The recent evidence of a stochastic background of gravitational waves in the nHz band by pulsar timing array (PTA) experiments has shed new light on the formation and evolution of massive black hole binaries with masses ∼108-109M⊙. The PTA data are consistent with a population of such binaries merging efficiently after the coalescence of their galactic hosts, and presenting masses slightly larger than previously expected. This momentous discovery calls for investigating the prospects of detecting the smaller (∼105-107M⊙) massive black hole binaries targeted by the Laser Interferometer Space Antenna (LISA). By using semianalytic models for the formation and evolution of massive black hole binaries calibrated against the PTA results, we find that LISA will observe at least a dozen and up to thousands of black hole binaries during its mission duration. The minimum number of detections rises to ∼70 if one excludes models that only marginally reproduce the quasar luminosity function at z=6. We also assess LISA's parameter estimation capabilities with state-of-the-art waveforms including higher modes and realistic instrumental response, and find that the masses, sky position, and distance will typically be estimated to within, respectively, 1%, 10 sq deg, and 10% for the detected systems (assuming a four-year mission).

Implications of the pulsar timing array detections for massive black hole mergers in the LISA band / Barausse, Enrico; Dey, Kallol; Crisostomi, Marco; Panayada, Akshay; Marsat, Sylvain; Basak, Soumen. - In: PHYSICAL REVIEW D. - ISSN 2470-0010. - 108:10(2023). [10.1103/PhysRevD.108.103034]

Implications of the pulsar timing array detections for massive black hole mergers in the LISA band

Barausse, Enrico;Crisostomi, Marco;
2023-01-01

Abstract

The recent evidence of a stochastic background of gravitational waves in the nHz band by pulsar timing array (PTA) experiments has shed new light on the formation and evolution of massive black hole binaries with masses ∼108-109M⊙. The PTA data are consistent with a population of such binaries merging efficiently after the coalescence of their galactic hosts, and presenting masses slightly larger than previously expected. This momentous discovery calls for investigating the prospects of detecting the smaller (∼105-107M⊙) massive black hole binaries targeted by the Laser Interferometer Space Antenna (LISA). By using semianalytic models for the formation and evolution of massive black hole binaries calibrated against the PTA results, we find that LISA will observe at least a dozen and up to thousands of black hole binaries during its mission duration. The minimum number of detections rises to ∼70 if one excludes models that only marginally reproduce the quasar luminosity function at z=6. We also assess LISA's parameter estimation capabilities with state-of-the-art waveforms including higher modes and realistic instrumental response, and find that the masses, sky position, and distance will typically be estimated to within, respectively, 1%, 10 sq deg, and 10% for the detected systems (assuming a four-year mission).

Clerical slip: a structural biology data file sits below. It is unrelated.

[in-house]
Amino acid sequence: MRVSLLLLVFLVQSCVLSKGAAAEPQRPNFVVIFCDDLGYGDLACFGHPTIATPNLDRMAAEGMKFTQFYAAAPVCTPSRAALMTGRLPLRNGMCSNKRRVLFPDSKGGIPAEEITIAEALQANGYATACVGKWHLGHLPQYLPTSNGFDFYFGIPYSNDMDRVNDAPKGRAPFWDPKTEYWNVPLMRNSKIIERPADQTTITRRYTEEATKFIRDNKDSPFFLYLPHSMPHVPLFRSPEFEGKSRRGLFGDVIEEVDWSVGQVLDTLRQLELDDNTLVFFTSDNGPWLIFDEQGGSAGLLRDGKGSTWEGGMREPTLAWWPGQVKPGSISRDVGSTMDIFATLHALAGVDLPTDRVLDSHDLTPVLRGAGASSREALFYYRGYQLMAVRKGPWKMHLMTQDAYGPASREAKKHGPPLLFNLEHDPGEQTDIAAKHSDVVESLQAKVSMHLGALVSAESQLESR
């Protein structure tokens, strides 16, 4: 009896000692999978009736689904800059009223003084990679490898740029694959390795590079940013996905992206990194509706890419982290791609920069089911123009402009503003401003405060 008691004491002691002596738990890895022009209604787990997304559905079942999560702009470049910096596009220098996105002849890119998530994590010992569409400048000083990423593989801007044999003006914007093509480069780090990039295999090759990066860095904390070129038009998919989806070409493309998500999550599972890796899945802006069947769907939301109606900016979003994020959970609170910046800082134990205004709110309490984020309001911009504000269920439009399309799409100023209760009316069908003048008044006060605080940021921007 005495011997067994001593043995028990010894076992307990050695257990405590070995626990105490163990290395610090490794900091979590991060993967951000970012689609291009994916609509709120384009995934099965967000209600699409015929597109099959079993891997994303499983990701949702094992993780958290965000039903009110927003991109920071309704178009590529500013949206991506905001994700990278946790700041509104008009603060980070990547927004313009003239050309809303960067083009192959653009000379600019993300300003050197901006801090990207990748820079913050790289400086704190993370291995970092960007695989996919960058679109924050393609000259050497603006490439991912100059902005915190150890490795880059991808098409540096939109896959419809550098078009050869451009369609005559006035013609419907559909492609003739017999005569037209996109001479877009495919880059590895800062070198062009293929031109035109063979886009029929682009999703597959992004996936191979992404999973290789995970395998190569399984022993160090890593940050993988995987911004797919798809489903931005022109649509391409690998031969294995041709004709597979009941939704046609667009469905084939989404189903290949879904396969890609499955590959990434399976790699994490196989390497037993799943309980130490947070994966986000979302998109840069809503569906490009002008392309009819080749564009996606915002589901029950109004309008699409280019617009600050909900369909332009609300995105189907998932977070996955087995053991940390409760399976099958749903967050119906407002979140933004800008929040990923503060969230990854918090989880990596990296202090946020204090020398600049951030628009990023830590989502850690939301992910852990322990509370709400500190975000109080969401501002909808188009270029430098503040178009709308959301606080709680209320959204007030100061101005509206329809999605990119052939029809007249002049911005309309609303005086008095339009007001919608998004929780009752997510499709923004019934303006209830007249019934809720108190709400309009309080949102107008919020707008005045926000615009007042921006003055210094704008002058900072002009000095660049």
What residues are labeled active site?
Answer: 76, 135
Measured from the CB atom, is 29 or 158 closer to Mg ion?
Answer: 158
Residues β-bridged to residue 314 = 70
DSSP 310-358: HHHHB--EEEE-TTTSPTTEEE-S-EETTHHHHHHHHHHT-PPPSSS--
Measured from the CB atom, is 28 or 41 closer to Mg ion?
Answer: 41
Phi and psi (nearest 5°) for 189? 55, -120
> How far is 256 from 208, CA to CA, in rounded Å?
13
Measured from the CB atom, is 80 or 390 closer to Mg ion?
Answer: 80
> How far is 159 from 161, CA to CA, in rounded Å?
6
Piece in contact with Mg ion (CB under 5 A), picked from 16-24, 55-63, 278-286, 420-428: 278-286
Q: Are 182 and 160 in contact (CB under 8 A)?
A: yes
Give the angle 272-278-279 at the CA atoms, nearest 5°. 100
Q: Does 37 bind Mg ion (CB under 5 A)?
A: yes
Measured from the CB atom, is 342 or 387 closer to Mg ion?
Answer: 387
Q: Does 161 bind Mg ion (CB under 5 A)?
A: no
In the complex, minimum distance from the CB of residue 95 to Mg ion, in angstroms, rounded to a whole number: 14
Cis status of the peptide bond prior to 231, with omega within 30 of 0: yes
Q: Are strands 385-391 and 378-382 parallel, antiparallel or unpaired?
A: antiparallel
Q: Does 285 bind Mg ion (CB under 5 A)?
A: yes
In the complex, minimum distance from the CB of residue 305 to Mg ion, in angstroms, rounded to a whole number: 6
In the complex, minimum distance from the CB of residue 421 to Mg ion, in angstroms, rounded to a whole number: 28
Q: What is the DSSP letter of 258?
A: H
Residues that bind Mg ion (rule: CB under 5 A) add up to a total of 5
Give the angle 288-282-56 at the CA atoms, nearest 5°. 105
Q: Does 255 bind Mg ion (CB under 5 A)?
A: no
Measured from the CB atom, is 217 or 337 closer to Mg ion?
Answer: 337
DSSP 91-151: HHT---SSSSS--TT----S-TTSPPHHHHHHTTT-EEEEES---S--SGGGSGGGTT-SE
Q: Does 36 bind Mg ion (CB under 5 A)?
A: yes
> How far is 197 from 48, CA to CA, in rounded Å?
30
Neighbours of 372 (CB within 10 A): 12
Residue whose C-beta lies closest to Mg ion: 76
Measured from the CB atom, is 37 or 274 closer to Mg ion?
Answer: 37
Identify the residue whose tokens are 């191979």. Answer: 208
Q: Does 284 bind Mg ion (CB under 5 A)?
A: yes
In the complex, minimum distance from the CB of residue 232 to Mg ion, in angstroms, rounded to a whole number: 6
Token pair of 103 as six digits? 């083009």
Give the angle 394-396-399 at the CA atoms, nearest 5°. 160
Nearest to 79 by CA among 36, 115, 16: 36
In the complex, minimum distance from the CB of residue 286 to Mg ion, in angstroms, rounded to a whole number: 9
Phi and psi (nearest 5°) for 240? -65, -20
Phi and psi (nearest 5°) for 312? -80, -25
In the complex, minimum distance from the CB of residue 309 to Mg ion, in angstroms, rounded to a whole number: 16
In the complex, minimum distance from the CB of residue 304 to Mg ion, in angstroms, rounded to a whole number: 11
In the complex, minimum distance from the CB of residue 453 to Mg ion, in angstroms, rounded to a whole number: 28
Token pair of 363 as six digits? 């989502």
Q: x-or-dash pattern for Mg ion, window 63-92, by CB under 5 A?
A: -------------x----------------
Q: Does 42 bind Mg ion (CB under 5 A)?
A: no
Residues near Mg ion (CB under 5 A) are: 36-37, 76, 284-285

2023
108
10
103034
10.1103/PhysRevD.108.103034
Barausse, Enrico; Dey, Kallol; Crisostomi, Marco; Panayada, Akshay; Marsat, Sylvain; Basak, Soumen
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Utilizza questo identificativo per citare o creare un link a questo documento: https://hdl.handle.net/20.500.11767/134890
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